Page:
On their second EP, ‘Average Songs About The Best Days Of Our Lives’, Less Deceived showcase an obnoxious brand of punk rock that if all was right with the world would earn them an invitation to this years FEST in Florida. A mecca for beer koozies, flannel shirts and Hot Water Music tattoos.
While Gainsville might be a world away from Kingston Upon Hull, where the four members of Less Deceived live, they share a lot in common with that particular brand of punk rock. Stylistically taking a light hearted approach to music which is more about drinking, dancing, shouting and hugging your friends than it is about conquering the world.
Harry, Dave, Dom and Adam joined us to tell us a little about more about which records in particular influenced the songwriting on their latest EP.
Bruce Springsteen – Darkness on the Edge of Town
Harry: While ‘Born to Run’ was the soundtrack to my formative years, it’s ‘Darkness on the Edge of Town’ that hit me hardest. There’s a cold honesty to it, but it still remains a perfect collection of sing-a-long rock songs. Songs about loss and love and disenfranchisement that you can’t help but raise a beer to, which are exactly the sort of songs I want to write.
Iron Chic – Not Like This
Harry: We probably wouldn’t be a band without Iron Chic. Driving back from seeing them in Manchester, I basically shouted at the other three to let me join until they caved in order to shut me up. I’ve loved them since the first demo, but ‘Not Like This’ is the perfect combination of melody, anger, and hope. Pop punk songs that mean something, that are about trying to be a grown up in a world you don’t really care about. It’s a philosophy that I think resonates on pretty much all of the songs we write.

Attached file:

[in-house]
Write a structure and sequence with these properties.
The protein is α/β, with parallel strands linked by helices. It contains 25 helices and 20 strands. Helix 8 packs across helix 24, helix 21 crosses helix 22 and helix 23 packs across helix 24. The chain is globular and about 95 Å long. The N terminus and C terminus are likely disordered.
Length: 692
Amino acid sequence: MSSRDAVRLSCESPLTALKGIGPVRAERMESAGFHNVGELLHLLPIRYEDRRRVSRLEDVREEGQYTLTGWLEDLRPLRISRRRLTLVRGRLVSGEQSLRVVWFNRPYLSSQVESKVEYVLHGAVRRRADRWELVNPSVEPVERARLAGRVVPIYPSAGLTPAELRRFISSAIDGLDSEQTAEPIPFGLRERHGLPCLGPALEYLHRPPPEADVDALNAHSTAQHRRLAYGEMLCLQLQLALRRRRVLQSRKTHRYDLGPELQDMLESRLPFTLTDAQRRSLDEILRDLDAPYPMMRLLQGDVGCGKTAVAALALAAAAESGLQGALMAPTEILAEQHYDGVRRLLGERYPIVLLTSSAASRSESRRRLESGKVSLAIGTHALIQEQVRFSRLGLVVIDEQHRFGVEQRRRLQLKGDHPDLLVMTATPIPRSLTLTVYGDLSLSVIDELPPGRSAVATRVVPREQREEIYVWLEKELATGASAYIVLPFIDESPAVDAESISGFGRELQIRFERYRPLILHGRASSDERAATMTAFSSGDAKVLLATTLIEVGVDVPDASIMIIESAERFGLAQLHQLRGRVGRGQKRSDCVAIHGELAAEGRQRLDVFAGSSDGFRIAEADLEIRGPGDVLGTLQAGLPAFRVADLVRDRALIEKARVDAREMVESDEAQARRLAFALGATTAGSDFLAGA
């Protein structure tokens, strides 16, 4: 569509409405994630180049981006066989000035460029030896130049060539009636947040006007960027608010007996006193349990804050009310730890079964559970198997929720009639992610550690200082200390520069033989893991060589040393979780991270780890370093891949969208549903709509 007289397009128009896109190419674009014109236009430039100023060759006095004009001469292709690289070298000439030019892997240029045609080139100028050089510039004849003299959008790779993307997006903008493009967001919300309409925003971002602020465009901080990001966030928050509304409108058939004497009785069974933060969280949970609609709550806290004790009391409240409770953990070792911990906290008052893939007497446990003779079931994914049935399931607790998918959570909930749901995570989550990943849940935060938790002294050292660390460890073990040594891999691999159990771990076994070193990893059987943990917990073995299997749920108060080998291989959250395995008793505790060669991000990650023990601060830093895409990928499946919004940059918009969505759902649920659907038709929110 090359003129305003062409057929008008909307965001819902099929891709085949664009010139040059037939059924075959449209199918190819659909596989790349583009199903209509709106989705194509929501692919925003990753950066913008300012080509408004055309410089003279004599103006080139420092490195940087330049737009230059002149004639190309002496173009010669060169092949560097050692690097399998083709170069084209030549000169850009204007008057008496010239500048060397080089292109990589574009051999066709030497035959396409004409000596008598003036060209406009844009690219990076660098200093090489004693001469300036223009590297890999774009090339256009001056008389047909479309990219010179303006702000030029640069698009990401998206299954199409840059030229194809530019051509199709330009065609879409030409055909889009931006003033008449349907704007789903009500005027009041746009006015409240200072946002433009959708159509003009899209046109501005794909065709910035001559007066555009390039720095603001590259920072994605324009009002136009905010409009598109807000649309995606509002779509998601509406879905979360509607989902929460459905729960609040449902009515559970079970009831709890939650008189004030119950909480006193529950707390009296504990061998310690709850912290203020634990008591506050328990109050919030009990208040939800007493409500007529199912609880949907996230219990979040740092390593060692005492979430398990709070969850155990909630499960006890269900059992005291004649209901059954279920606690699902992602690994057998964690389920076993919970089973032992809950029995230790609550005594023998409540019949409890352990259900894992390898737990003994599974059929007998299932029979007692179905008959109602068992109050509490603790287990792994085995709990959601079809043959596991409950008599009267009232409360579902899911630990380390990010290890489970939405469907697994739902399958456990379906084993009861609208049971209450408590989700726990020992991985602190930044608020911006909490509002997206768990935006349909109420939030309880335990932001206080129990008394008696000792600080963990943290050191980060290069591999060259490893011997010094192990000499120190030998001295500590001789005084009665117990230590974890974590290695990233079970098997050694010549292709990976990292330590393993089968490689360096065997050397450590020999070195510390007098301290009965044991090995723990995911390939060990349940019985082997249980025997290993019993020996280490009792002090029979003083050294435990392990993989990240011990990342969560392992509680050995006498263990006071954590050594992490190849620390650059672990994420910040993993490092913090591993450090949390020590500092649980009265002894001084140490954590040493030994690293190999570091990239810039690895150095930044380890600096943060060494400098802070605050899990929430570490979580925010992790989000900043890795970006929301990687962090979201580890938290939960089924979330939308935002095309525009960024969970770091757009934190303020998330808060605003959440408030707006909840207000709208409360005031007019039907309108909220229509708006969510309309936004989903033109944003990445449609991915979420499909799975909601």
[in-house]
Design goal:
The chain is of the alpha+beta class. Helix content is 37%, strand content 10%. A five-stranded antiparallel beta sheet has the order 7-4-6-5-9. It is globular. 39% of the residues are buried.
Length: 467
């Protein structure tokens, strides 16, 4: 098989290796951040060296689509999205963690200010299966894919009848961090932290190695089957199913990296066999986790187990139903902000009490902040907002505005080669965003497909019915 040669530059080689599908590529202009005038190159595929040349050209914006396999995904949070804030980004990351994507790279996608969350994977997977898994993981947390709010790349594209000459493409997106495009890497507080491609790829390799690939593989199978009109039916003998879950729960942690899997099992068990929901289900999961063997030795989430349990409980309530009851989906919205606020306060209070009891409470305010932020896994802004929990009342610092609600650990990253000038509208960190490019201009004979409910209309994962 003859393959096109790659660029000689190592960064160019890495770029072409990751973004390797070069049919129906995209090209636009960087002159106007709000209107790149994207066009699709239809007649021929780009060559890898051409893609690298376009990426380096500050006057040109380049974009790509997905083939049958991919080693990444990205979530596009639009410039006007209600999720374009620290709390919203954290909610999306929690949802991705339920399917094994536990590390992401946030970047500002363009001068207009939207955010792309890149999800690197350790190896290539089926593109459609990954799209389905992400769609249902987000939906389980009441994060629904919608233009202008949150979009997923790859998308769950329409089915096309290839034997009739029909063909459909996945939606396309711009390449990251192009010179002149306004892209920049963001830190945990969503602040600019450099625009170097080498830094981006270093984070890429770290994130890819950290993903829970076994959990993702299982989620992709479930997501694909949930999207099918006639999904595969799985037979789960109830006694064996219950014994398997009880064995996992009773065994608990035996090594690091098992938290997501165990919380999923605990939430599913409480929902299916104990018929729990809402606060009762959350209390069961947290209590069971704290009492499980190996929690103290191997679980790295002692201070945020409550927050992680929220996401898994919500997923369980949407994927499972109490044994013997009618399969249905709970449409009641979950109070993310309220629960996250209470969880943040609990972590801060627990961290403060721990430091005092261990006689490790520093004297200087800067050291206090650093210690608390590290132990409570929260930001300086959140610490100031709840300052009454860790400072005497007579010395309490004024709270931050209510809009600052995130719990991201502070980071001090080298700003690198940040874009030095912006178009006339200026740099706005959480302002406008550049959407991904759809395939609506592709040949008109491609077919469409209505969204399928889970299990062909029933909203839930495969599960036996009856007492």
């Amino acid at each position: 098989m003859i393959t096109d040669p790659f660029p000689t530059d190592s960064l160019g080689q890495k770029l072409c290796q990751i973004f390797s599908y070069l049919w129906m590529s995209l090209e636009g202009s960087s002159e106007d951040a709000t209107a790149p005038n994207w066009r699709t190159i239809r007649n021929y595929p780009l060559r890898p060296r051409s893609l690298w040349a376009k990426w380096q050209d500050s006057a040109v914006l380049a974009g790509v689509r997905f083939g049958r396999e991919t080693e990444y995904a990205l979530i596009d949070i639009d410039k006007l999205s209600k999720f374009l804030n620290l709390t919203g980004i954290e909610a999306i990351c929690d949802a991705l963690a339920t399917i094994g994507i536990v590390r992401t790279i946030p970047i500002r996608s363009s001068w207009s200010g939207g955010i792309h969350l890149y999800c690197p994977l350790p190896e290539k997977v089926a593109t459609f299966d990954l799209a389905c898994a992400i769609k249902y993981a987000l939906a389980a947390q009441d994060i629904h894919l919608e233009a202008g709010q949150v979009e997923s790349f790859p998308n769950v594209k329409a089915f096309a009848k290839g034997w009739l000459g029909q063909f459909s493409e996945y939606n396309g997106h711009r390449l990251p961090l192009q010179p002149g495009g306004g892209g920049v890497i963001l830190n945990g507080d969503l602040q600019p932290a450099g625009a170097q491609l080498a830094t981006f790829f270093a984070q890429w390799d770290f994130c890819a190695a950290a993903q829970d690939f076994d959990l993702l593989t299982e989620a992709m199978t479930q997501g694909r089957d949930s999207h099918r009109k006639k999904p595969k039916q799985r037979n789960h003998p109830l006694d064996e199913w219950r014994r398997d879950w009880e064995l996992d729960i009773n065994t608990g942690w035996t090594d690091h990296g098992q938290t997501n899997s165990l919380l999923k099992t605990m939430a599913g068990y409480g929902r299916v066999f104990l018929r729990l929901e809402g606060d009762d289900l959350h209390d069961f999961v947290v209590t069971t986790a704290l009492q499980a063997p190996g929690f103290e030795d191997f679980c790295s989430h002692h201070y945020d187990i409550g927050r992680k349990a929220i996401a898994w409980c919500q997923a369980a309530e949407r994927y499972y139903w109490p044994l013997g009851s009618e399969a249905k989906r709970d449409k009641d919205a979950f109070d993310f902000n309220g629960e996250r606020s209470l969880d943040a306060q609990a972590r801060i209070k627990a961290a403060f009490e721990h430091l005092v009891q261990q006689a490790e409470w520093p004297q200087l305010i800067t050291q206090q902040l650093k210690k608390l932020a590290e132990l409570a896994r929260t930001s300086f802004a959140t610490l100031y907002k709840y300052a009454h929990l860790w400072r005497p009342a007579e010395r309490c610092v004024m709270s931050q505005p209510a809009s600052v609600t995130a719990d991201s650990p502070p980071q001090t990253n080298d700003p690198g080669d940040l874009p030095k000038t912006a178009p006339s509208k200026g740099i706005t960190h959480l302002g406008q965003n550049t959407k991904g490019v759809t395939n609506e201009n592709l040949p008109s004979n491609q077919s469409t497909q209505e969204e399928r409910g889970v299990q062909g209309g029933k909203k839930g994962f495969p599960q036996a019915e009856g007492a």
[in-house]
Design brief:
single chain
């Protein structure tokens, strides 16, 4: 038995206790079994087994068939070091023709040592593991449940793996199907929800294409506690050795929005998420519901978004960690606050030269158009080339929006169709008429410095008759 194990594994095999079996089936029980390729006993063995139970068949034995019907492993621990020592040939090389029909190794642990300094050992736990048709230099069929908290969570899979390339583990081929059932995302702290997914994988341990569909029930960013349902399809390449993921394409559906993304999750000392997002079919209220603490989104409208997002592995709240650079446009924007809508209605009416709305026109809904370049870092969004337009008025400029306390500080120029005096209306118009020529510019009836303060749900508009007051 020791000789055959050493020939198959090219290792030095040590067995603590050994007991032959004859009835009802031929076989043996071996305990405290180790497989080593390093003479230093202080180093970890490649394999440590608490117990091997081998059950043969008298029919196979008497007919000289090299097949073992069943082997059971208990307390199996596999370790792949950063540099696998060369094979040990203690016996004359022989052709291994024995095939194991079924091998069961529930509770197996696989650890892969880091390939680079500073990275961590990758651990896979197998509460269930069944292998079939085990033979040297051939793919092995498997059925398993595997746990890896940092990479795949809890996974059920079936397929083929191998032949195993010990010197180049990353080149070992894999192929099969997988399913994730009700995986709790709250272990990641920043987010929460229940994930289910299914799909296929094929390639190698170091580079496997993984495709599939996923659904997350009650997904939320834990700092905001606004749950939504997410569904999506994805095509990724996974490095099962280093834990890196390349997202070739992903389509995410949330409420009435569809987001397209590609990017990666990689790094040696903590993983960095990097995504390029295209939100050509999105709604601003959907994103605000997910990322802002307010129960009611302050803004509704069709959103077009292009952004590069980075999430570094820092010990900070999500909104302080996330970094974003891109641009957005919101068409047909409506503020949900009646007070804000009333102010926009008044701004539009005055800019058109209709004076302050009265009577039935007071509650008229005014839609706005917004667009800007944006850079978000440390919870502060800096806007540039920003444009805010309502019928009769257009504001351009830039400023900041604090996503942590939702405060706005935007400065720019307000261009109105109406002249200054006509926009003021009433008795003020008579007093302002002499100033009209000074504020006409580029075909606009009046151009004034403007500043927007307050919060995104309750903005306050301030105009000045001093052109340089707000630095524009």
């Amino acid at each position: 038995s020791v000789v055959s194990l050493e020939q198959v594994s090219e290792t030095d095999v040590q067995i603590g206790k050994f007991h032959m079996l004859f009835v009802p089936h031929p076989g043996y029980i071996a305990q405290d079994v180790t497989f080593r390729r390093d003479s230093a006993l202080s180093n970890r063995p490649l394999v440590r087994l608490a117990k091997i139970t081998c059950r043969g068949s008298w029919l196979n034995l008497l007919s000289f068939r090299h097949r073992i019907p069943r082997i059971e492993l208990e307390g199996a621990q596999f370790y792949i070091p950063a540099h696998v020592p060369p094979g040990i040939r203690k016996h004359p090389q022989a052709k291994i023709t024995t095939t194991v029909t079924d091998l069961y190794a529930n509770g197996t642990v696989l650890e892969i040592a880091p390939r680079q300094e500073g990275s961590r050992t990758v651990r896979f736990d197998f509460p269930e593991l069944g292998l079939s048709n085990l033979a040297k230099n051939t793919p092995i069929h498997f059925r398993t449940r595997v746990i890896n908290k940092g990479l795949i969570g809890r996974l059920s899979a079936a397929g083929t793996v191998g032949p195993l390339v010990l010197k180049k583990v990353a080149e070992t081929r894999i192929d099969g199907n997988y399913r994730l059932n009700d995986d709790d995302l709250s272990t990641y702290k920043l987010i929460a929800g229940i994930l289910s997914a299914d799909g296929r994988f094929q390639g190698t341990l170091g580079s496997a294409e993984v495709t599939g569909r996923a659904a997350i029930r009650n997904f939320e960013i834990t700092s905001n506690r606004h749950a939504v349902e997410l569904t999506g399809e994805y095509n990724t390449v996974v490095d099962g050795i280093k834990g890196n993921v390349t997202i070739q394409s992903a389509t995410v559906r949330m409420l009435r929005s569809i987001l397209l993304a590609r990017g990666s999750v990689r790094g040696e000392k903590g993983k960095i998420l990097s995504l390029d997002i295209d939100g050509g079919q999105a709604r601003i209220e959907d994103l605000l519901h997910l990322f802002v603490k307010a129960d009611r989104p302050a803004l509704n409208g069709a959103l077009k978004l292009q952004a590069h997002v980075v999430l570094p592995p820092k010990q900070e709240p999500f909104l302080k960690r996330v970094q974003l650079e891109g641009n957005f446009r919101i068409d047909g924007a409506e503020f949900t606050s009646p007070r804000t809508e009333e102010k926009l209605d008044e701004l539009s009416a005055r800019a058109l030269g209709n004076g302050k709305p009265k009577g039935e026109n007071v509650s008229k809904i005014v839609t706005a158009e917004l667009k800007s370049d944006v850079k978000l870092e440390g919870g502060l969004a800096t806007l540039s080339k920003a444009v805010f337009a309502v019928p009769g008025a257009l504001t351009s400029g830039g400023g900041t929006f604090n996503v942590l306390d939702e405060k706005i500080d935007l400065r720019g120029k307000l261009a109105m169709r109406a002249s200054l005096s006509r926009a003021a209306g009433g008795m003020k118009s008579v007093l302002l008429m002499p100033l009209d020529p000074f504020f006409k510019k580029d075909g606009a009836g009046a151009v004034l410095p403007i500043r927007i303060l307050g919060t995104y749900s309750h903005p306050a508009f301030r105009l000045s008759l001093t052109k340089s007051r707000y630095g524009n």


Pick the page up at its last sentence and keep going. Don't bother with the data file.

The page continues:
The Wonder Years – Suburbia I’ve Given You All And Now I’m Nothing
Adam: I’ve been through a lot the last few years and it always seems like The Wonder Years have a song about it. It’s the most honest pop punk I’ve ever heard – that doesn’t sound like much, but to me it really is. I didn’t used to have the confidence to sing about the things that went wrong in my life or the things that hurt, but I feel like listening to The Wonder Years has helped me conquer that, and made our songs that much stronger. I’m sure you’ve heard of them but if you haven’t then have a listen!
Green Day – Dookie
Dave: I probably wouldn’t be playing guitar if Green Day hadn’t released ‘Dookie’. I was 12-years-old, and it was the first CD I went out and bought on my own. I was instantly hooked by the way they injected melody into a genre of music that at the time, I thought was meant to sound harsh and unpleasant. The simplistic but energetic guitars on ‘Welcome to Paradise’ and the subtle vocal harmonies on ‘Pulling Teeth’ really showed off a side of punk rock that is both raw and elegant, a forte that has become a staple for Less Deceived and many other bands.
Everything John K Samson has done
Dom: Because it’s too difficult to pick a favourite, I’m going to go with anything that John K Samson has ever done. The pro-animals leftist anarchist preaching of Propagandhi shaped my teenage years, and as John (I like to think I’m on first name terms!) left to concentrate on The Weakerthans and latterly his solo stuff, he carried forward a subtlety and poetry in his lyrics that just speaks volumes when you get a little older.
‘Average Songs About The Best Days Of Our Lives’ by Less Deceived is out now on Disillusioned Records.